Excerpt from Dying: A Natural Passage by Denys Cope

I’ve been a Registered Nurse for over 40 years, and a Hospice nurse for about 20 years. Several years ago I decided that the most important part of the job that I do when I am with an individual family, is teaching them about the dying process so they can get comfortable being with their loved ones. People are often not comfortable around dying. And it can help to be familiar with the actual dying process, the physiology of it and the spiritual experiences of it, to know what is really going on. So I will describe what happens when Hospice gets called in, when people are counting their life in weeks or months rather than years.

The main thing I would like people to know is that the dying process is not something to be feared. It is a tremendously sacred experience, and there is tremendous spiritual support for the transition. What I have learned over time is that the dying process is perfectly and naturally orchestrated, just like the pregnancy/labor/birth process. It’s just exquisite how the body naturally goes into the dying process.

No matter what brings you to the dying process, whether it is cancer, old age, lung disease, heart disease, whatever, the process is the same. I get the picture of a funnel: everybody gets brought to this place, and then they begin the same process; it becomes very recognizable. Many people say to me, “How do I know when my loved one is ready for hospice?” Or, “When have they begun dying?” I ask if the person has changed their relationship to food, because what I see is that the body has this natural withdrawal from that which sustained physical life. It’s really switching from a physical energy source to a spiritual energy source, so usually there is loss of appetite with some degree of weight loss.

That’s one of the criteria when we are assessing if we can put someone on Hospice. If there is a valid weight loss and other factors, we can say okay, they have probably started the process. The other thing we do as we enter the dying process is we start to withdraw from the outer world and turn inward. There is a disconnecting from social things, from those out-in-the-world kind of things; people in the dying process don’t have energy for that anymore.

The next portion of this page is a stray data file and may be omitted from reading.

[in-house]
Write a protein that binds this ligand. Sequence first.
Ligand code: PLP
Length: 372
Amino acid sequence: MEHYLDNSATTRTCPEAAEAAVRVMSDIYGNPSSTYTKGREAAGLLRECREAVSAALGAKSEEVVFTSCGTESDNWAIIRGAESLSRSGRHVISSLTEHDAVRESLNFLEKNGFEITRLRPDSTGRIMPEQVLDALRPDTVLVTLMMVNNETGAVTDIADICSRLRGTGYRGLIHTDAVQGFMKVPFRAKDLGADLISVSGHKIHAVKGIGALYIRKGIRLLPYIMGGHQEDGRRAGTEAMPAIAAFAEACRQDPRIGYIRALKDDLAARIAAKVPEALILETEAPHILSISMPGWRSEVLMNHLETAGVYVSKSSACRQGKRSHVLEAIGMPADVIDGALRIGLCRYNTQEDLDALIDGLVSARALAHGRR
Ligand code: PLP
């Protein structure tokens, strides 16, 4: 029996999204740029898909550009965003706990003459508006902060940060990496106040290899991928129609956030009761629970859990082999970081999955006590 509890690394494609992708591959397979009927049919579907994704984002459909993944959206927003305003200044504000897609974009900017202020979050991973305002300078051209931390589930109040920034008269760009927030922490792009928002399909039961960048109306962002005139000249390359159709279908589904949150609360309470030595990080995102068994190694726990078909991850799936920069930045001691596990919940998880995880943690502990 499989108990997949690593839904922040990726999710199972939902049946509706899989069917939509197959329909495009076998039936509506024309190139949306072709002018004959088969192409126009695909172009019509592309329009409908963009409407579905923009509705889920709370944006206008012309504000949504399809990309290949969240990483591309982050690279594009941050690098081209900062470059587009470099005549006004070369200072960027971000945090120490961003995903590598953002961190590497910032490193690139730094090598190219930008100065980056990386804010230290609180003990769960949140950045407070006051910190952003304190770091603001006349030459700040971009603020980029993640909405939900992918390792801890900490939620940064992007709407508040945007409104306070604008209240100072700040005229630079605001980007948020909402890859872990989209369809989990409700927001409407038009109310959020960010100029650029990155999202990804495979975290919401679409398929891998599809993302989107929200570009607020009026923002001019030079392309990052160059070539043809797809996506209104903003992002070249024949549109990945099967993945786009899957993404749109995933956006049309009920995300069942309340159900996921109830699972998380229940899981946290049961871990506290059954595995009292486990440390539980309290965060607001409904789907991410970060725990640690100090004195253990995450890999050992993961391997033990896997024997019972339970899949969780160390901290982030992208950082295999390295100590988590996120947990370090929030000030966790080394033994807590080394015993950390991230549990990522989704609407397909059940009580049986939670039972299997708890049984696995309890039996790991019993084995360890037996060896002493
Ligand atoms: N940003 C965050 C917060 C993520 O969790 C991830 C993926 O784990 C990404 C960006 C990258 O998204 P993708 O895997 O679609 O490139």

The first thing to go — it goes in layers — are our social connections; we stop having energy for that.

Next to go is our close circle of friends, and then pretty soon the only people we have energy for are our core people, the people for whom we don’t have to put on a social face.

Throughout the dying process, we are doing what conserves energy. Eating lighter food because our body can’t digest the food. And energetically or physically, withdrawing from activities, doing less and less and spending more time doing what we the living think is sleeping. We say they are sleeping, and the truth is they are doing a lot of this internal work, the work of dying.

Dying is a lot of work, it is hard work, and some of that is the work of introspection. I believe that not all of that is done on a conscious level. Just like our dreams are healing, I believe we go into these different states of consciousness, and we are able to do clearing or reordering, for want of a better word. This introspective work takes place on a lot of levels.

From what I observe, one of the things that we do is to start taking stock of our lives, our relationships. We ask, “What has our life meant?” “Does anything feel unfinished?” We start to think about the things that we haven’t done, the relationships where we may not feel complete, or wish we were in a different place. We start to do that, and from what people have told me as they get closer to actually dying, there is an experience of getting to see the “other” side.